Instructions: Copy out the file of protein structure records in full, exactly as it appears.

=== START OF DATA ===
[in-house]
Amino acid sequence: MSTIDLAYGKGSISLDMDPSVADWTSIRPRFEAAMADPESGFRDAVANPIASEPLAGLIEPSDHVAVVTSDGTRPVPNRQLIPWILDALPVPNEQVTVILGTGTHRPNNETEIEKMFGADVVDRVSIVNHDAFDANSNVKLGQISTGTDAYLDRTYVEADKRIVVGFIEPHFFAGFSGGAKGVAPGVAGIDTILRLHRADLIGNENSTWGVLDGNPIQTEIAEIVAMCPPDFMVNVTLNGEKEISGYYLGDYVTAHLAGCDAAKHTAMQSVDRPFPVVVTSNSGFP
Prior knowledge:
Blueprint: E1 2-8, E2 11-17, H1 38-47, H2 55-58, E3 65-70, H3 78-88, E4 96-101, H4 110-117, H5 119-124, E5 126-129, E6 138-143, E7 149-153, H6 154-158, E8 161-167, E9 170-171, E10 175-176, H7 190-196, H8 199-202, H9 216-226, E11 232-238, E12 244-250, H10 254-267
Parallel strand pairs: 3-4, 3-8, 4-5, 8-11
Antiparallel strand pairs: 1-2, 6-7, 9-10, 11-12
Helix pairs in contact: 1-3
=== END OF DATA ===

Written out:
[in-house]
Amino acid sequence: MSTIDLAYGKGSISLDMDPSVADWTSIRPRFEAAMADPESGFRDAVANPIASEPLAGLIEPSDHVAVVTSDGTRPVPNRQLIPWILDALPVPNEQVTVILGTGTHRPNNETEIEKMFGADVVDRVSIVNHDAFDANSNVKLGQISTGTDAYLDRTYVEADKRIVVGFIEPHFFAGFSGGAKGVAPGVAGIDTILRLHRADLIGNENSTWGVLDGNPIQTEIAEIVAMCPPDFMVNVTLNGEKEISGYYLGDYVTAHLAGCDAAKHTAMQSVDRPFPVVVTSNSGFP
Prior knowledge:
Blueprint: E1 2-8, E2 11-17, H1 38-47, H2 55-58, E3 65-70, H3 78-88, E4 96-101, H4 110-117, H5 119-124, E5 126-129, E6 138-143, E7 149-153, H6 154-158, E8 161-167, E9 170-171, E10 175-176, H7 190-196, H8 199-202, H9 216-226, E11 232-238, E12 244-250, H10 254-267
Parallel strand pairs: 3-4, 3-8, 4-5, 8-11
Antiparallel strand pairs: 1-2, 6-7, 9-10, 11-12
Helix pairs in contact: 1-3